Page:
A young lady who saw my previous article of compression hose asked me to discuss the topic of when to treat vein issues more aggressively.  To recap, venous reflux that can lead to varicose veins, pain, swelling and and a generalized uncomfortable sensation in the legs, particularly in the calf area.  Sometimes, so called restless legs syndrome may be due to venous reflux.  The goal of management is to move the vein blood out of your legs.   Conservative management includes an exercising program, anything that uses the calf muscles like walking 20-30 minutes a day, which promotes movement of the vein blood back up the legs.  Remember, venous reflux leads to vein blood sitting in your legs veins, and there is no medications currently FDA approved to treat these symptoms except for pain medications (although there are some herbal and European products that have been reported as helping).  In addition, prop your legs up, be careful about your weight (the more weight you carry the harder your veins have to work), and wear compression hose.  If that does not help with your symptoms, then consider an aggressive approach to the problem

The vein system is made of the Deep Veins, and the Superficial Veins.  There are also connections between the two called Perforator Veins.  There are one way valves in both the deep and superficial venous systems, that normally allow blood to go up the vein. These valves snap shut and prevent the backward flow of vein blood, particularly when you sit or stand.  By the way, leg vein valve issues are completely unrelated to heart valve issues.  As gravity tries to pull the blood back down, if the valves are not competent, then blood tends to accumulate in the leg veins. In time, the veins tend to swell and lose their structural integrity.  Veins have an elastic component to them, and as they overstretch, the elastic component is damaged, and they act more like plastic bags, rather than elastic structures. This leads to varicose veins and many of the symptoms  associated with venous reflux.

A venous Doppler test is performed to make sure there are no issues with the deep vein valves or evidence for previous blood clots.  In addition, the superficial system is assessed to check the competency of the superficial valves, and to measure the size of the vein both when lying down and when standing.  Most people with varicose veins have problems with their superficial venous system, which includes the Greater Saphenous Vein (GSV) which runs from the groin down to the ankle on the inside part of the leg, and the Lesser Saphenous Vein (LSV) that runs from behind the knee to the outer ankle.

For patient who doe not get relief of their symptoms with conservative management, we will discuss a more aggressive approach with why we call ablation of the saphenous vein.  Essentially, the goal of the ablation procedure is to shut down the GSV or LSV.  People usually ask me at this point, “don’t I need this vein?”  The answer is yes, normally you do need that vein, but right now it is hurting you rather than helping you.  The blood in the faulty vein is flowing backwards down the leg rather than up towards the body, and thats why you get the symptoms of pain, swelling an varicose veins.  Their are essentially 2 technologies that are currently popular for ablating the GSV or LSV, but there are others being developed.  The first technology is radio frequency ablation (RF), and the second is laser ablation (EVLT).  I prefer the RF but they essentially both do the same thing, which is damage the inner lining of the vein and shut down the backward flow of vein blood.  The procedure takes about 30-45 minutes to do in the physicians office using local anesthesia, and either oral sedation or I.V. sedation. The inside of the vein has no sensation, its the outside surrounding tissue that has pain fibers.  We used whats called tumescence anesthesia where we infiltrate dilute numbing medication all around the vein under ultrasound guidance.  If this is done properly and with some patience, the procedure itself should not be painful.  If you have pain during the procedure, its because the numbing was not done completely.  Most people return to work within a could of days after the procedure, because the recovery is so much better than we used to see when we stripped veins.  There are other techniques that are being developed with injection of whats known as a sclerosing agent into the vein to close the fault vein down, but we can talk about that at another session if anyone is interested, because RF and EVLT dominate the current treatment market.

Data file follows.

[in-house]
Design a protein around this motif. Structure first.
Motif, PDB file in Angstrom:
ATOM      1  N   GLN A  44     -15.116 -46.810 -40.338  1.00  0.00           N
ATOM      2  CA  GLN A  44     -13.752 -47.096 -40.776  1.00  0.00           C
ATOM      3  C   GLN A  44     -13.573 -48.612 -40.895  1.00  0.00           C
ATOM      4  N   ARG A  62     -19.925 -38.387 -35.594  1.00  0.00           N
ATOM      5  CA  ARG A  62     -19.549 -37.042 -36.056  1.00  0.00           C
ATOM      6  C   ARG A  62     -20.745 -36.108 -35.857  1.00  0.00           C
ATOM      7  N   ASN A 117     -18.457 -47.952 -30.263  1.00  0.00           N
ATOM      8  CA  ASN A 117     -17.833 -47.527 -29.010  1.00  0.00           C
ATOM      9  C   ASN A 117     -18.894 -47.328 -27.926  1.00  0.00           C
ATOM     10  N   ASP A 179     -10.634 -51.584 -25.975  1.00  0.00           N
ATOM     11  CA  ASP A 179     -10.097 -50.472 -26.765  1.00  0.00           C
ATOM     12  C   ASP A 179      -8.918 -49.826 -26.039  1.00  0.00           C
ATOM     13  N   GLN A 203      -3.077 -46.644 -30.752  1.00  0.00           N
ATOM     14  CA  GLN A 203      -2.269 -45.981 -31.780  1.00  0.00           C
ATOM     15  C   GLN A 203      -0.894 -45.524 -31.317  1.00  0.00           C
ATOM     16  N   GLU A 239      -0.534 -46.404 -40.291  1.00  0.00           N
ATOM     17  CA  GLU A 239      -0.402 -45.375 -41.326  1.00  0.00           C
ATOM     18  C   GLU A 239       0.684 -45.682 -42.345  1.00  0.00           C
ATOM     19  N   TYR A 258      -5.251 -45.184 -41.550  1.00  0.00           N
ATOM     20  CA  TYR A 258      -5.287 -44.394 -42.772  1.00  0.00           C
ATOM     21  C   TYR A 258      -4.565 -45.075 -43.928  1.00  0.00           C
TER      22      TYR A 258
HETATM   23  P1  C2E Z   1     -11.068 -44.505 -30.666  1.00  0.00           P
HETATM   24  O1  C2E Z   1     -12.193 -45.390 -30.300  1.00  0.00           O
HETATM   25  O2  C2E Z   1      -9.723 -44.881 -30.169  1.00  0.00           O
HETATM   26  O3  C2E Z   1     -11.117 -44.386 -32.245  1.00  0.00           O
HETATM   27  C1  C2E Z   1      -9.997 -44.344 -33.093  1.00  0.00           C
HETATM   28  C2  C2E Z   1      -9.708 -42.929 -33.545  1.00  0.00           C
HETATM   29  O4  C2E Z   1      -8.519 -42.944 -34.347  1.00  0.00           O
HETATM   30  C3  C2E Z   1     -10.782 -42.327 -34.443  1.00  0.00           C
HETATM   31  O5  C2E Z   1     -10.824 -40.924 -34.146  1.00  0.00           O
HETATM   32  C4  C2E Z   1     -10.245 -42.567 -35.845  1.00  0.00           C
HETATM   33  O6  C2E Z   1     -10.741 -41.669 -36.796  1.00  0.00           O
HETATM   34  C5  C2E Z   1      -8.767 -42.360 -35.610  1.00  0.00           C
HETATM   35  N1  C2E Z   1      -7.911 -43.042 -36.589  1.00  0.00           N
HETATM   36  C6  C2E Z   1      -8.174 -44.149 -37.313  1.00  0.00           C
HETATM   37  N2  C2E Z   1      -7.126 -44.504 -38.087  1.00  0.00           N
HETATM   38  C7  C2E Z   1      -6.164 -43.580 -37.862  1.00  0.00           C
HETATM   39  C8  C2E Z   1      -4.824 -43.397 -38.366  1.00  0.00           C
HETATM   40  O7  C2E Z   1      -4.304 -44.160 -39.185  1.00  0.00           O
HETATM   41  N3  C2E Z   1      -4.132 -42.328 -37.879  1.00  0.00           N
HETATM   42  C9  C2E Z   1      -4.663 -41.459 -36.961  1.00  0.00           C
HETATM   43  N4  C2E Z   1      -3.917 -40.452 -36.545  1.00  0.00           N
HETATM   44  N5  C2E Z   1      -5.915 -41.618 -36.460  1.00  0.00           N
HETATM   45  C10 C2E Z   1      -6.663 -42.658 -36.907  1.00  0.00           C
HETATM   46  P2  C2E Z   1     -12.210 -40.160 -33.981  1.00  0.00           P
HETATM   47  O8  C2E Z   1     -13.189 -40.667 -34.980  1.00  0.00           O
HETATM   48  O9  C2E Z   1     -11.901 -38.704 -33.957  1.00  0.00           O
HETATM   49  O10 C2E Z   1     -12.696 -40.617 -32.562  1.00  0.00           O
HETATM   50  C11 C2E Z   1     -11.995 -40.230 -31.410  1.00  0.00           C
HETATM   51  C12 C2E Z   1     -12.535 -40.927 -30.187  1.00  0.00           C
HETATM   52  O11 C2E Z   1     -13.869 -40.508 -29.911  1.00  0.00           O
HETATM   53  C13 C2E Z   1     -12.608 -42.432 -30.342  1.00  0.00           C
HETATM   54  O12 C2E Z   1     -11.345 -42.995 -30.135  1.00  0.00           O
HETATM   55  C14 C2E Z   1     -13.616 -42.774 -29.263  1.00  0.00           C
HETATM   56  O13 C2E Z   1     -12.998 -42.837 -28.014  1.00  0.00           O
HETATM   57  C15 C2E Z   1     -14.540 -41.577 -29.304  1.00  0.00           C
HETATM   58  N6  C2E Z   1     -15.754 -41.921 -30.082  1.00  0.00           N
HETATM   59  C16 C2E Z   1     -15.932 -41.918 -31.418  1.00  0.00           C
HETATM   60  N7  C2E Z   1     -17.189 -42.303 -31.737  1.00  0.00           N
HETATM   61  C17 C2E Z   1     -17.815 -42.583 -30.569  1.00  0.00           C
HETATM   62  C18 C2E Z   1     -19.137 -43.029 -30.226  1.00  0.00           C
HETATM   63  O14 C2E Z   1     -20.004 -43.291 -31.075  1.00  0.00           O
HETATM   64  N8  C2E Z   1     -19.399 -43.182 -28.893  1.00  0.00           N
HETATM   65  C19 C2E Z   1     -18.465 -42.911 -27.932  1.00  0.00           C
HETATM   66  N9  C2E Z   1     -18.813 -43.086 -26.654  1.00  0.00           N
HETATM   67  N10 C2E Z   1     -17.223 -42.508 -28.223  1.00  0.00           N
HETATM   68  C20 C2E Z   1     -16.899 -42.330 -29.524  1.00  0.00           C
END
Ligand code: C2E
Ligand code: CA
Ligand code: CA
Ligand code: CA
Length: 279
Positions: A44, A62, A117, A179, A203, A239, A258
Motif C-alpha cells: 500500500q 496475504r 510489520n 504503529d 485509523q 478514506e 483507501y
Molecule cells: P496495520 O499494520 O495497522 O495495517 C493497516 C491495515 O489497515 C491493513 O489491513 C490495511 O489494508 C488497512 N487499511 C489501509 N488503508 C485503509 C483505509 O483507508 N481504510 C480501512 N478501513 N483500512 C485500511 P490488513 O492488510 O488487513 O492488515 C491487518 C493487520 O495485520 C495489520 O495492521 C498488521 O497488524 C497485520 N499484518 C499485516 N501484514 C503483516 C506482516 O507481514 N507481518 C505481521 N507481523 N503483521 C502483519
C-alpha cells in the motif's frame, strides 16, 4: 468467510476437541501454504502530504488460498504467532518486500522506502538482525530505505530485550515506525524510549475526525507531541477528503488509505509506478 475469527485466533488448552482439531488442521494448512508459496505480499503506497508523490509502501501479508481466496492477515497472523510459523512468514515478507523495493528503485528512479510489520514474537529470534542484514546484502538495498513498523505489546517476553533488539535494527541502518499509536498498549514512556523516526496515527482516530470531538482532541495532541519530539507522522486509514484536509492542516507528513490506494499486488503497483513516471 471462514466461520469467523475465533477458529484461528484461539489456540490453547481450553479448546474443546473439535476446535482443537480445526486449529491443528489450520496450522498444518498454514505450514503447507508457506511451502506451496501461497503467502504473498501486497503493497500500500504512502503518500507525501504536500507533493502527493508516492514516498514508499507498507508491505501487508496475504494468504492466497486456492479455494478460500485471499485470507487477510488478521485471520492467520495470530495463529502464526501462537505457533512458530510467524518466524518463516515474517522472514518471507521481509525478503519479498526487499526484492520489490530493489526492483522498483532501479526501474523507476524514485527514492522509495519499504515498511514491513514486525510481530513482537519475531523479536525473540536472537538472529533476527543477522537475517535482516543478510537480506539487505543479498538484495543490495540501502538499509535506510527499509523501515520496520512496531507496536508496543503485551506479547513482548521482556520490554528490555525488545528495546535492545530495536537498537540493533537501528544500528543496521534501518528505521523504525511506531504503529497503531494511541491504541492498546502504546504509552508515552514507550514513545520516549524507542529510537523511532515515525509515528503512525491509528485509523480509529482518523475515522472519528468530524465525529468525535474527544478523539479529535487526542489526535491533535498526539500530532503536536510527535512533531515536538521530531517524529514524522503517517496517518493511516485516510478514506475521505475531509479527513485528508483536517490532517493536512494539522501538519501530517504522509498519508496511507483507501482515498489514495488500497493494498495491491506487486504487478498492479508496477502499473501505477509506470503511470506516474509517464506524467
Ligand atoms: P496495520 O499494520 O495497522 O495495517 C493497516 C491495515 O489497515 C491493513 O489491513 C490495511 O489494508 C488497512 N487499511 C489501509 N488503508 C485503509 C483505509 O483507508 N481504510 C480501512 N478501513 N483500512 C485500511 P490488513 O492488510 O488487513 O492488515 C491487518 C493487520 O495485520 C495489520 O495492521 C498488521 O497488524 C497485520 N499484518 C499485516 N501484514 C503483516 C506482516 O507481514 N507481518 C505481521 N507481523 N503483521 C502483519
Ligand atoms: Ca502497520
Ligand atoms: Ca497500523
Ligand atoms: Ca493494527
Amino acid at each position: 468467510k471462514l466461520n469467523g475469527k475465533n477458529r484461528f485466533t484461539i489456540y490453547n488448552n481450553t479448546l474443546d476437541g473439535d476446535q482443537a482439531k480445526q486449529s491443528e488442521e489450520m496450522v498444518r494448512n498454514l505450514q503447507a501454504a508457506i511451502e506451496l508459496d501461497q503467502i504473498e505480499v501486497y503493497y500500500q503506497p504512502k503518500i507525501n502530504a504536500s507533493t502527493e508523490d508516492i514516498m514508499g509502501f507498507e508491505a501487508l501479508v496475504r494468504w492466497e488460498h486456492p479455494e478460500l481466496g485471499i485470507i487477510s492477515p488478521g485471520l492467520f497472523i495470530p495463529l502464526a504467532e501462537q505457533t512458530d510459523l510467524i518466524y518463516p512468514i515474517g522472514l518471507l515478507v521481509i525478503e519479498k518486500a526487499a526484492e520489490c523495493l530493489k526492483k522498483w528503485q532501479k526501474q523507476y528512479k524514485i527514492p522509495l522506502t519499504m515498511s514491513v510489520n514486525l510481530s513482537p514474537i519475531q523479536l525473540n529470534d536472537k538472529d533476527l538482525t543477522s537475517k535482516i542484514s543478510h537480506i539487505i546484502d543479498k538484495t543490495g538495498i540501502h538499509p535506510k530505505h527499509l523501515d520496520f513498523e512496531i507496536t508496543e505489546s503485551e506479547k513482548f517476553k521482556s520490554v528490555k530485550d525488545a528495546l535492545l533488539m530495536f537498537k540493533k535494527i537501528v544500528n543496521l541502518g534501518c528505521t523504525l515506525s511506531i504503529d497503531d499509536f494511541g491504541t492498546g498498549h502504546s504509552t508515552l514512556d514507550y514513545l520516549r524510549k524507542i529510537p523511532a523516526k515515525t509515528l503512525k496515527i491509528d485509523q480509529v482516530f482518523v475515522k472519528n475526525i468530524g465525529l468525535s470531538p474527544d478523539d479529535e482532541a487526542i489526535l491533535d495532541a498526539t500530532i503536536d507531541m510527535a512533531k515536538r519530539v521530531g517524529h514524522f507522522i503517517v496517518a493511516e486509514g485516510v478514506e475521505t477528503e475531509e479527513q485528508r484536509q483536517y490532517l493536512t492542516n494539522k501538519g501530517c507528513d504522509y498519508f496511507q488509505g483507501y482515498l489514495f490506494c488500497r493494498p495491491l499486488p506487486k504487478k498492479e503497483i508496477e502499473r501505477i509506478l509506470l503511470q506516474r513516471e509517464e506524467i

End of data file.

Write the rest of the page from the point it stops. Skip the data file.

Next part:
So the question becomes, do I need to have the aggressive approach with ablation of the vein done?  It really depends on the severity of your symptoms, and how much your veins and leg swelling are bothering you.  Its not like an artery problems like coronary artery disease where you might have a heart attack if you are not treated for chest pain.  Vein issues are more of a lifestyle problem.  “How much are my veins and swelling bothering me, and am I ready to have a more aggressive vein treatment?”  Some patients will have huge varicose veins, but they have mild symptoms and prefer to just leave the vein issues alone; that is a perfectly reasonable approach.  Other patients will have a lot of symptoms of pain and swelling, and will want to have the ablation procedure for relief of their symptoms.  In general, insurance companies will cover the ablation procedure if you have worn grade 20-30 mmHg compression hose for over 3 months, and have significant symptoms that limit your work or lifestyle such as performing your normal activities of daily living or exercising.  Some insurances (especially Cigna) can have a rider on your policy that does not allow ablation procedures no matter what.